Category Archives: Video

The Snuggie Phenomenon

In this age of the enlightened and empowered consumer, let us never underestimate the power of pure kitsch as a marketing tool. Witness the Snuggie, the goofy blanket/robe hybrid with the goofier direct-response TV ads, which has been flying off the shelves. From Ad Age:

The quirky little blanket with sleeves has become the raiment of the zeitgeist, with more than 4 million units sold in just over three months and more than 200 parody videos on YouTube. Fox News honed in on a woman wearing a Snuggie as she braved the cold attending Barack Obama’s inauguration on Jan. 20, five days after Ellen DeGeneres donned one on her daytime talk show.

4 million units! In case you’ve somehow missed the ad:

Time for CMOs to Walk the Walk

I’ve been to two CMO conferences this month, and here’s what I don’t get: Marketing execs love to stand on stage and talk about innovation and the changing marketing model and the influence of digital media and yada yada yada. Inevitably, however, when it comes time to wow the audience with some multimedia, what do they offer as a shining example of this innovative thinking? A 30-second spot. Oh, sometimes they put a YouTube wrapper around it, but it is what it is – a 30-second spot. Yes, it’s great to pull the heartstrings of conference attendees with an emotional spot on incontinence. But that’s missing the point. If 30-second videos are the primary vehicle that CMOs (or their speechwriters) choose to demonstrate marketing and advertising prowess, well, they may be talking the talk, but they’re not walking the walk. Any capable agency can do good creative; show me something I haven’t seen a thousand times before.


The Decline and (Rapidly Approaching) Fall of the TV Empire

A new study from a research firm called Grunwald Associates indicates a significant shift in the media habits of children:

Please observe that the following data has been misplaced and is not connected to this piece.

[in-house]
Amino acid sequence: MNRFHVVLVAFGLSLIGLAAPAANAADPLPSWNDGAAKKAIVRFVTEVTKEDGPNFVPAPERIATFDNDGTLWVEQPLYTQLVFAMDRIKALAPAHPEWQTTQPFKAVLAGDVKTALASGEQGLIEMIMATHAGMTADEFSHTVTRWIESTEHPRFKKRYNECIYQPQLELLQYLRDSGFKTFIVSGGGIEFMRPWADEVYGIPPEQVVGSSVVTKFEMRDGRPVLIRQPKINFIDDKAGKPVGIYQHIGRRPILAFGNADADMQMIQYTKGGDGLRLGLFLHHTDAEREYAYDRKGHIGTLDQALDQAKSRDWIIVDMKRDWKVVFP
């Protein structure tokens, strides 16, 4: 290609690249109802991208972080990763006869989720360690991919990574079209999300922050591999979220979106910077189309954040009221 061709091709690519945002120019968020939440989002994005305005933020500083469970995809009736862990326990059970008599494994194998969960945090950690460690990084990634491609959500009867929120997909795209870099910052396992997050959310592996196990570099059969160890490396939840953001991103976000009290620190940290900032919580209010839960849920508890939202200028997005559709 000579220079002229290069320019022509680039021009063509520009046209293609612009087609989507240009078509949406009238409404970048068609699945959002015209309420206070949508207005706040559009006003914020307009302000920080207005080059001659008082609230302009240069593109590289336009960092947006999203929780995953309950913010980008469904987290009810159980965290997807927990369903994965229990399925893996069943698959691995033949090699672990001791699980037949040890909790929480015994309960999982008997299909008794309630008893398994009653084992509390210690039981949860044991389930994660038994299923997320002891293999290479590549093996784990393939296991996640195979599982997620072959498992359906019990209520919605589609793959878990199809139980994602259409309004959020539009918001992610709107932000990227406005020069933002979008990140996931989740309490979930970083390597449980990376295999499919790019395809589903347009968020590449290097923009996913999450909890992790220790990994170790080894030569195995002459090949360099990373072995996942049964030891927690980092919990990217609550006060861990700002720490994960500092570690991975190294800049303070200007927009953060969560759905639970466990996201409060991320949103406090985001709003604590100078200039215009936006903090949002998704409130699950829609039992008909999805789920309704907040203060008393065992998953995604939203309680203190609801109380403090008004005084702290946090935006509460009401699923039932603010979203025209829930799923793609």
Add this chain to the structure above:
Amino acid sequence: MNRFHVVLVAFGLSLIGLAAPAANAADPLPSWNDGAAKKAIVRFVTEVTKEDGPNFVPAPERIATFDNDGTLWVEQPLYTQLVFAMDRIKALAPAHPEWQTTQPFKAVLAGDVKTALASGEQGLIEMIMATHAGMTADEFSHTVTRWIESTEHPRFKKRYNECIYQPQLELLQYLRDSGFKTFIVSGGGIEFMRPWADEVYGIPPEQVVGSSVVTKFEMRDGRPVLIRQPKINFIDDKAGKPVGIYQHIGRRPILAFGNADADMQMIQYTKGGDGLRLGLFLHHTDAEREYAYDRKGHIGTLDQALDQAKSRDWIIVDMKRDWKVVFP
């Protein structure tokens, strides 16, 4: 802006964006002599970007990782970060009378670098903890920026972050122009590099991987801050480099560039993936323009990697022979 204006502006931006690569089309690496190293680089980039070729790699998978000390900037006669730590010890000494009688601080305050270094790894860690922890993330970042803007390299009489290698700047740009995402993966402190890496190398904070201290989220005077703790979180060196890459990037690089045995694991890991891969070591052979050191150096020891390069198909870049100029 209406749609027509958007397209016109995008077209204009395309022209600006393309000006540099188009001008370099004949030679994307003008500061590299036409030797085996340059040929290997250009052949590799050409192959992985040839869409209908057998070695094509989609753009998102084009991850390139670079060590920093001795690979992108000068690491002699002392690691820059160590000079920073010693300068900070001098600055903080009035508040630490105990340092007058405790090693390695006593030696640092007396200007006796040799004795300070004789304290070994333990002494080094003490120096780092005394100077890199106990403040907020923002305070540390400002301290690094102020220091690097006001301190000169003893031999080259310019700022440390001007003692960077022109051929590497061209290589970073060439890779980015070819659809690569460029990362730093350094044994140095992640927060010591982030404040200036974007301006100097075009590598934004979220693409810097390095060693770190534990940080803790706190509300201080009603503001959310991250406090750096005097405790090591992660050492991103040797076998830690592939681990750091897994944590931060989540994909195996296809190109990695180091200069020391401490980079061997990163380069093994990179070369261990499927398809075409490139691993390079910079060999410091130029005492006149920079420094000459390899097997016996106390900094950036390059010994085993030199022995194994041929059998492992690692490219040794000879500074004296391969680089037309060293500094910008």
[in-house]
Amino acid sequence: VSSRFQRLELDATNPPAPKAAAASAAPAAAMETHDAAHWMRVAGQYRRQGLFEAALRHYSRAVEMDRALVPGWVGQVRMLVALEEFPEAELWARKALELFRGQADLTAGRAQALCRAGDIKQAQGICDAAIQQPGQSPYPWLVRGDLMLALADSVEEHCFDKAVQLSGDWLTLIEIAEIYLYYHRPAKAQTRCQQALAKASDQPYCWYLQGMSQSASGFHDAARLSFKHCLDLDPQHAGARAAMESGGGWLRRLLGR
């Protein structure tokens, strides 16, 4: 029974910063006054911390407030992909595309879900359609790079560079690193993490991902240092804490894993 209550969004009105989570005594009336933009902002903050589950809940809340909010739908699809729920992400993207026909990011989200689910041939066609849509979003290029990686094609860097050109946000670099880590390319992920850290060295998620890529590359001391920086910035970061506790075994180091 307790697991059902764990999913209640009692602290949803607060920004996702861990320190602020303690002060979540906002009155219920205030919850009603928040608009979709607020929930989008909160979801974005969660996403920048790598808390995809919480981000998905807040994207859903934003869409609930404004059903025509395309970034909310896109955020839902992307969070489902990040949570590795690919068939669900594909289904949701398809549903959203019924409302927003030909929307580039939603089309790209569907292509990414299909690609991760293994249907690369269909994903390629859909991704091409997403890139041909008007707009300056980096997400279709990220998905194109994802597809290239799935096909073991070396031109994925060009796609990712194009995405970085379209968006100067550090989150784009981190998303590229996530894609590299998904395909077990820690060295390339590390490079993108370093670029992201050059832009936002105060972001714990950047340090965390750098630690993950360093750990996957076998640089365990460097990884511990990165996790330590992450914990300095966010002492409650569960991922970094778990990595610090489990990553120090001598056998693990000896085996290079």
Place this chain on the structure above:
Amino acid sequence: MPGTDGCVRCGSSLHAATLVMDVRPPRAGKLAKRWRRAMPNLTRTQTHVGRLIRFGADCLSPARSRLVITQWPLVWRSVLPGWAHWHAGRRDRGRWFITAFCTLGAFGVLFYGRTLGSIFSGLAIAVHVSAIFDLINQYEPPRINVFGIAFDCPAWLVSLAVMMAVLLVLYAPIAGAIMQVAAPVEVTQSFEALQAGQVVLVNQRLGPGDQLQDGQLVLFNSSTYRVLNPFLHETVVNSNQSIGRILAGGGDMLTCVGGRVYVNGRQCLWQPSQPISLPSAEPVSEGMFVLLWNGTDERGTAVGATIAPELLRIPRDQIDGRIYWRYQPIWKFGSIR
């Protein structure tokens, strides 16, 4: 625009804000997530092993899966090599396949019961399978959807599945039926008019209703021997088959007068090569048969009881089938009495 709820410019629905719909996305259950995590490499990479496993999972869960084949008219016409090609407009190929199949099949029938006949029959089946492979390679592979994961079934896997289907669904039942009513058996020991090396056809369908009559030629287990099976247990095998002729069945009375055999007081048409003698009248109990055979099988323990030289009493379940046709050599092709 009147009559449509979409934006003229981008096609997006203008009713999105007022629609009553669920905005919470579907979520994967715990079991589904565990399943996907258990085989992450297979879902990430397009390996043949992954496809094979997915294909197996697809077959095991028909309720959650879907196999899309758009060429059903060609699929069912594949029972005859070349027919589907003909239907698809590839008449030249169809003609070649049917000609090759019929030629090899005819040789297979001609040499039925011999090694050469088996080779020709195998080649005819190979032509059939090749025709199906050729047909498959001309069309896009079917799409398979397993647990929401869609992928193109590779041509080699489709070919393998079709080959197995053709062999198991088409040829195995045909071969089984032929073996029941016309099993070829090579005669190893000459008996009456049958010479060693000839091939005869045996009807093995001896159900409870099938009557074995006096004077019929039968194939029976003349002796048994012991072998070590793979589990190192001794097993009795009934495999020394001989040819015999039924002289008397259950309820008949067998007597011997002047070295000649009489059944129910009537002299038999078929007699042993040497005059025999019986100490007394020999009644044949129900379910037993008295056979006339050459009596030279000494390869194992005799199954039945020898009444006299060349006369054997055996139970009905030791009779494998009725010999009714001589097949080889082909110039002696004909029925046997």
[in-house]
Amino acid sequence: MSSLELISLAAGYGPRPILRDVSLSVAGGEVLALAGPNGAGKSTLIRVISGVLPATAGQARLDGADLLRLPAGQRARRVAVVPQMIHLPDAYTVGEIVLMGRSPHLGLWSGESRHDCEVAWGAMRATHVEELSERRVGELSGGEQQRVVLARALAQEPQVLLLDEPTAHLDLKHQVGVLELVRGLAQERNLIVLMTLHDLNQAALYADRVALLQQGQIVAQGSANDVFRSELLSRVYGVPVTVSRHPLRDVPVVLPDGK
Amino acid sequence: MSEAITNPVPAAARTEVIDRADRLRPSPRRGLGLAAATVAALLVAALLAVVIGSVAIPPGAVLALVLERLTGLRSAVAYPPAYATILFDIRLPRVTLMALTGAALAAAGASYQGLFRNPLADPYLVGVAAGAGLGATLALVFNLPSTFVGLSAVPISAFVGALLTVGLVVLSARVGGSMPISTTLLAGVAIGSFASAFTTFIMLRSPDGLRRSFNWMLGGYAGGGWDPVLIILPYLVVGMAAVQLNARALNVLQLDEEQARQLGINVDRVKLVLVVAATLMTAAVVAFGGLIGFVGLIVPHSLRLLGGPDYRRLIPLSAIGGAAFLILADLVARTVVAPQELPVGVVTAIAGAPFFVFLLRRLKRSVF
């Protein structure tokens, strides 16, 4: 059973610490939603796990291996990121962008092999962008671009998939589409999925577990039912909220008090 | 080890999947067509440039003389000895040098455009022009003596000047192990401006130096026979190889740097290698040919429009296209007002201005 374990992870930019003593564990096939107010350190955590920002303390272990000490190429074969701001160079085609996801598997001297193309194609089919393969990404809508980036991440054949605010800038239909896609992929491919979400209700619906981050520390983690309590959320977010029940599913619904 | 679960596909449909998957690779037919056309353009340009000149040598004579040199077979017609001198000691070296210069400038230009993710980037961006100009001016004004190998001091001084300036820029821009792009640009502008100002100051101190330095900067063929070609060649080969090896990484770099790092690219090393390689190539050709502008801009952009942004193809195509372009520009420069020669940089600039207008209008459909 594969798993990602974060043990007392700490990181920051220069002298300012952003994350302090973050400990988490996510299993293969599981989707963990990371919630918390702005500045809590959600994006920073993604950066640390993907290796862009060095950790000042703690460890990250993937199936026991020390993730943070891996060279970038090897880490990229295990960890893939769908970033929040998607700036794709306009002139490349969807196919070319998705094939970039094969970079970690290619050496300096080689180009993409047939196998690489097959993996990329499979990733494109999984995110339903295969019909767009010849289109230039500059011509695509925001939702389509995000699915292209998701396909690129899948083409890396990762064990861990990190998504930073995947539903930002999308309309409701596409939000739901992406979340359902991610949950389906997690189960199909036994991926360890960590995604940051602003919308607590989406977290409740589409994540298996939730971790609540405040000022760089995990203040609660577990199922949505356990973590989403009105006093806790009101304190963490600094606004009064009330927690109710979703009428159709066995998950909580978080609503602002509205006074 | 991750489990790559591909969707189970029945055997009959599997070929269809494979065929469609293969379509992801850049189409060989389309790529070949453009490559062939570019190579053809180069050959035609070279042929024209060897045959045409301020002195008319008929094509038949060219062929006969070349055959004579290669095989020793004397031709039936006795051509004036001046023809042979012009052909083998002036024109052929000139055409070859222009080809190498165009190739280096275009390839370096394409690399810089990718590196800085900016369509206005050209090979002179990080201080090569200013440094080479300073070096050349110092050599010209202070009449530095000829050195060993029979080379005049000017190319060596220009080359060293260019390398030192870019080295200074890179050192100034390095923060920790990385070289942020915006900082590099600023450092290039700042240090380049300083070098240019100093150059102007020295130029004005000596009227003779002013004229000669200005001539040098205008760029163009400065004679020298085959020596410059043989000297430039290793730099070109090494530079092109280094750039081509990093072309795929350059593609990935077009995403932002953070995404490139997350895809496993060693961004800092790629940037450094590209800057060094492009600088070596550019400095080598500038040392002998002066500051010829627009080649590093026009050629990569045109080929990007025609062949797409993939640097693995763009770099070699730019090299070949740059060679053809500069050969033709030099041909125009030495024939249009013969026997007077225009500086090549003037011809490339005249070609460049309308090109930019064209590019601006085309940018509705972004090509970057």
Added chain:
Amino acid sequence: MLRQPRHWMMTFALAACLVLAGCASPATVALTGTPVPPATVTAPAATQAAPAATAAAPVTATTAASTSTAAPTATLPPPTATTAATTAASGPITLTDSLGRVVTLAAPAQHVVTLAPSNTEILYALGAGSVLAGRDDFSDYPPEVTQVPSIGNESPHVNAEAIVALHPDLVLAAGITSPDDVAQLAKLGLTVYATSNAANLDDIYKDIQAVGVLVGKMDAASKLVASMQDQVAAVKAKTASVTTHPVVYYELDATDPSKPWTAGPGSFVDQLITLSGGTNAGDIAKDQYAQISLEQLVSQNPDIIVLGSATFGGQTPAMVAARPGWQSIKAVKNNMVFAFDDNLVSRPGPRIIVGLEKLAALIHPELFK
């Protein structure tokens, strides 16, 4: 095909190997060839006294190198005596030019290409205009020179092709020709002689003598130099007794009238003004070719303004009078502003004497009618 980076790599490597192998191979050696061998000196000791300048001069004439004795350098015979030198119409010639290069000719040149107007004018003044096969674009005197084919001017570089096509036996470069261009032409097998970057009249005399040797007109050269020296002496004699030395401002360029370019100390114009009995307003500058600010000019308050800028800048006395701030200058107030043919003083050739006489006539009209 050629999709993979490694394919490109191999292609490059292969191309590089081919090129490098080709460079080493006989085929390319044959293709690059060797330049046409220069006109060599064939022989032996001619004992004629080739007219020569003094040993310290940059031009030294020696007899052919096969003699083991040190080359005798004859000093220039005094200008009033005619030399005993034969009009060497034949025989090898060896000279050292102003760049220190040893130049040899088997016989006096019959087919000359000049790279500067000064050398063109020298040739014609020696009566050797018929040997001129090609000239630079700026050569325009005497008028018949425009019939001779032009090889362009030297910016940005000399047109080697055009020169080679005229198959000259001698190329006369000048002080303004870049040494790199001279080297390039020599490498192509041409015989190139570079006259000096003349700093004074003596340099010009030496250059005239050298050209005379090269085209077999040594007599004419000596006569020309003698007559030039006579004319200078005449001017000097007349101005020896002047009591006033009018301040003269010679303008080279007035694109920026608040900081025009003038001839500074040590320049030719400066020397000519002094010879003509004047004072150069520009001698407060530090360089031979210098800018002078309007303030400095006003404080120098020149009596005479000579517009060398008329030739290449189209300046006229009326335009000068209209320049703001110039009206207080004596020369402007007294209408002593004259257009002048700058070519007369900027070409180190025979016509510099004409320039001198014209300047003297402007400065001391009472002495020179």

Sixty-four percent of kids go online while watching television, and nearly half of U.S. teens (49 percent) report that they do so frequently — anywhere from three times a week to several times a day. … The study reveals that 73 percent of TV-online multitasking kids are engaged in “active multitasking,” defined by Grunwald Associates as content in one medium influencing concurrent behavior in another. This trend represents a 33 percent increase in active multitasking since 2002. While kids are using more media, their attention primarily and overwhelmingly is focused on their online activities.

I don’t need stats to tell me about the decline of traditional TV among tomorrow’s generation; I see it daily in my own house, as my 17-year-old watches downloaded episodes of Degrassi on her iPod, as my 12-year-old focuses far more time IM’ing or fast-forwarding through DVR’d Celtic games than watching live TV, and as my 9-year-old runs around the house making videos and begging me to let him post something on YouTube, or as he surfs for PS2 cheats online, half-listening as Jimmy Neutron drones in the background.   

Sure, there are a few seminal TV events that the family feels obligated to watch live, like the Super Bowl or, to a lesser extent, American Idol. But today’s kids are edging – no, rushing – away from the passive TV experience. I do not envy network execs.

Upfront and Outdated

Honestly, I don’t understand the ongoing existence of the annual mating dance between the TV networks and advertisers known as the upfront. As far as I can figure, the upfront is a great excuse for TV execs and media buyers to throw lavish parties as they broker advertising to fund their upcoming fall TV lineups. There’s big money involved – around $9 billion was spent during last year’s upfront – but the process is anachronistic on so many levels.

In the old days, the ritual probably made sense: TV was the dominant advertising medium, the big three networks controlled the airwaves, and prime time shows followed an orderly schedule: premieres in the fall, reruns in the summer. Advertisers locked up the prime spots on the best shows in advance, paying premiums for the most-watched shows. It wasn’t ideal, but everyone grudgingly accepted the process. And the networks raked in big bucks.

Then cable came along, and the Internet, and TiVo, forever altering the universe around broadcast TV. Broadcast viewership continues to shrink. New shows debut on cable channels throughout the year, not just in the fall. DVRs have thrown ratings systems designed for live viewership for a loop. Internet video – and the ad model around it – is catching fire.